Spin [1995] Pirated satellite feeds revealing U.S. media and the Deep State

Spin [1995] Pirated satellite feeds revealing U.S. media and the Deep State

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Pirated satellite feeds revealing U.S. media personalities’ contempt for their viewers come full circle in Spin. TV out-takes appropriated from network satellite feeds unravel the tightly-spun fabric of television—a system that silences public debate and enforces the exclusion of anyone outside the pack of journalists, politicians, spin doctors, and televangelists who manufacture the news. Spin moves through the L.A. riots and the floating TV talk-show called the 1992 U.S. presidential election.

This tape documents an interesting period of time in the early '90s when people with a satellite dish could receive pre-air non-broadcast feeds. The author captured hundreds of hours of this footage and it is an invaluable look at the way politicians craft media appearances. An extremely valuable tape, both for the general knowledge of media and a specific look at the 1992 presidential race.

Using the 1992 presidential election as his springboard, documentary filmmaker Brian Springer captures the behind-the-scenes maneuverings of politicians and newscasters in the early 1990s. Pat Robertson banters about "homos," Al Gore learns how to avoid abortion questions, George Bush talks to Larry King about halcyon -- all presuming they're off camera.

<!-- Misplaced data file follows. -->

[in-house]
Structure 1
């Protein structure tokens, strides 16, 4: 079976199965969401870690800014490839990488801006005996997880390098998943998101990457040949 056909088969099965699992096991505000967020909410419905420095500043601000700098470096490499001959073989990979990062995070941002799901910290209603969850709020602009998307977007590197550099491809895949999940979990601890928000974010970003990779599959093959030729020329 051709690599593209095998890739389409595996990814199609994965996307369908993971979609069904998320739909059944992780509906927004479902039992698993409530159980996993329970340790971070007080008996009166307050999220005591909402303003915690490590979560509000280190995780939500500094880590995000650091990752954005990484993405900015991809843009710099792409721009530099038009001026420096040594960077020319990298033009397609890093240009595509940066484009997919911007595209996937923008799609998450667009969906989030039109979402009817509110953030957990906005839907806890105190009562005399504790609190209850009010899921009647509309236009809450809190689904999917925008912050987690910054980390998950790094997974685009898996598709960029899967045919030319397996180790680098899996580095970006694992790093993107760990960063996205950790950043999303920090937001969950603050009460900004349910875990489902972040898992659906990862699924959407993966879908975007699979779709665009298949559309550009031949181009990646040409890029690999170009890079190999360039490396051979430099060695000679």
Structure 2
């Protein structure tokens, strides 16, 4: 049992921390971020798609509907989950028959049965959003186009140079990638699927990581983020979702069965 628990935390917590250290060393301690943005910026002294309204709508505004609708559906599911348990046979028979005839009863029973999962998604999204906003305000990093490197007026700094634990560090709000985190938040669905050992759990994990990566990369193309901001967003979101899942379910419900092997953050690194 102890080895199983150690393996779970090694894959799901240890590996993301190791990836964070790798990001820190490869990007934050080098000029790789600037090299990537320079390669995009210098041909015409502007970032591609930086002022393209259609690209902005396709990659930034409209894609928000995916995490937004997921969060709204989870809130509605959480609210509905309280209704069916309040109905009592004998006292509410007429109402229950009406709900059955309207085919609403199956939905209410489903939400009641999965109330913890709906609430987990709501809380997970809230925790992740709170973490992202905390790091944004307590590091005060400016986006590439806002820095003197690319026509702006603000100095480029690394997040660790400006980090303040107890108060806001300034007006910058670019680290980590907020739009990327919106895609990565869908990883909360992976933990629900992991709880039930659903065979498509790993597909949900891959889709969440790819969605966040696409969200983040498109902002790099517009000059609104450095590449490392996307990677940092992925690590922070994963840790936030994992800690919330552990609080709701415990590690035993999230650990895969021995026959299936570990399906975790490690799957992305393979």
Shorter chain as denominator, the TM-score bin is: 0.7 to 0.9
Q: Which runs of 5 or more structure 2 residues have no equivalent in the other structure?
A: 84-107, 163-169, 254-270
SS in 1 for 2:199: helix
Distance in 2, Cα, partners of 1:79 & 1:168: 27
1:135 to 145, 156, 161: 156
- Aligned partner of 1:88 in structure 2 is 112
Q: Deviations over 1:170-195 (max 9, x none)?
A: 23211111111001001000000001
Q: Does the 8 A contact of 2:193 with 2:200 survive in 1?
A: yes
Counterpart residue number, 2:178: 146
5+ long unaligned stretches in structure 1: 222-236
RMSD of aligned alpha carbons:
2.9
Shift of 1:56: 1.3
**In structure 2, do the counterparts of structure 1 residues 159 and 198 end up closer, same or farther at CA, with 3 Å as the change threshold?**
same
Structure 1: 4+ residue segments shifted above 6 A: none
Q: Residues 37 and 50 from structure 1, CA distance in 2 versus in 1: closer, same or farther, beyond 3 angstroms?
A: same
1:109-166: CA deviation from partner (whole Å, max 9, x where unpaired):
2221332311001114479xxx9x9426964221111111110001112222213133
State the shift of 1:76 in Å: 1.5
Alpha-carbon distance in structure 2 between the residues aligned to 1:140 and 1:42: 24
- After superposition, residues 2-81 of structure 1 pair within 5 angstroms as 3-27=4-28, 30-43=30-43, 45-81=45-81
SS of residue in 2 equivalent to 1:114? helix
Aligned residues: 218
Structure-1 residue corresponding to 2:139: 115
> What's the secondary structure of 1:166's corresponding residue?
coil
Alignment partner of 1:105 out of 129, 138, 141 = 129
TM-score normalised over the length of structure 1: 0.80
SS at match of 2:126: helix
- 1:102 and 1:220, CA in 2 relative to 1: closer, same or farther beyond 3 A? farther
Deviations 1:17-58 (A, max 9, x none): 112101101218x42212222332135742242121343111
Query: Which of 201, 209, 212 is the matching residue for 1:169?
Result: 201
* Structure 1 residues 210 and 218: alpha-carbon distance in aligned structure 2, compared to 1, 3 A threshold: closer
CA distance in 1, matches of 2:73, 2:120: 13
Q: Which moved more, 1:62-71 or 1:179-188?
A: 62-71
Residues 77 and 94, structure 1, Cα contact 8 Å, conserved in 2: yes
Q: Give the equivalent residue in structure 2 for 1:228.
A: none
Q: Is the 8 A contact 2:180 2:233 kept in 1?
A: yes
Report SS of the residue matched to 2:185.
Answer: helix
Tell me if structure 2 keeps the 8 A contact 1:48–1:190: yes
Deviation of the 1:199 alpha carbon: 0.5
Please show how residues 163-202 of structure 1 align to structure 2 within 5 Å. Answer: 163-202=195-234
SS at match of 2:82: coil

Composed of 100% unauthorized satellite footage, Spin is a surreal expose of media-constructed reality.

Prizes & Awards

-Sydney Film Festival, Audience Votes Top Five Picks, 1995

-Charlotte Film and Video Festival, Best of the Best Prize, 1995

New York Times Media Critic Stephen Holden called media maker Brian Springer's documentary Spin, "a devastating critique of television's profound manipulativeness in the way it packages the news and politics." Springer's work has received international acclaim and has been broadcast nationally in the U.K. and by over 30 PBS affiliates in the United States.

As a media artist Springer has exhibited collaborative art projects in Europe and the United States in museum and gallery settings. The Disappointment marks his return to theatrical and broadcast venues as a vehicle for his work. He currently lives in California.


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